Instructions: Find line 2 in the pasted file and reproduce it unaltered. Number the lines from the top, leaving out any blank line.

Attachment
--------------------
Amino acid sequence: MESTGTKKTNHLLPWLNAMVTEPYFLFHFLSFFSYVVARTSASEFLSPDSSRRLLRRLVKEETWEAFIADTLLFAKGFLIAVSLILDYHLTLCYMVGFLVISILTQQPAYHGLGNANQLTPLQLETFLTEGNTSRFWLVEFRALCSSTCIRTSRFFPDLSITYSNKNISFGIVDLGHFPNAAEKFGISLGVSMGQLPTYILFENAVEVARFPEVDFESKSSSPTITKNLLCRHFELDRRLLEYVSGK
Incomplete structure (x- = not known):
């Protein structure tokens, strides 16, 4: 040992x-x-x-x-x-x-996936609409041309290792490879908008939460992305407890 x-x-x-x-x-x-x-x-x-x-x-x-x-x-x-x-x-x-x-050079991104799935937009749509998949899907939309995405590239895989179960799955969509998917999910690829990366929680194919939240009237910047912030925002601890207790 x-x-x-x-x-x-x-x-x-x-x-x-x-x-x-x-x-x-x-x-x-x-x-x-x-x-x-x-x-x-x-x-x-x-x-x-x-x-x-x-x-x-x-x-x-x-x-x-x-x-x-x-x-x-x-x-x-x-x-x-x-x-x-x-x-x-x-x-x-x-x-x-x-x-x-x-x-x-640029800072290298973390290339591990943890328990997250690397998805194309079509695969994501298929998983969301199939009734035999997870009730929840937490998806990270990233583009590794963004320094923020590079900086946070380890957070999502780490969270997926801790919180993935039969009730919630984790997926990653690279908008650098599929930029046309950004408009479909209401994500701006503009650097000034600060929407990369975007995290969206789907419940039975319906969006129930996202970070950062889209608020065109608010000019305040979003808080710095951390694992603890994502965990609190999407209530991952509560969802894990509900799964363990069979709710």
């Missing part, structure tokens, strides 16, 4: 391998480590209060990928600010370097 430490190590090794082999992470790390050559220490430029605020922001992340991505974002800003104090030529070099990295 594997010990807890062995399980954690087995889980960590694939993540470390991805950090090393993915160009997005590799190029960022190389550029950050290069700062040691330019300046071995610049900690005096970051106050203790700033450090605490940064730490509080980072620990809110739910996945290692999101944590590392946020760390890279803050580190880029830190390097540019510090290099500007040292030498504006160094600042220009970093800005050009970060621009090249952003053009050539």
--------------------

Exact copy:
Incomplete structure (x- = not known):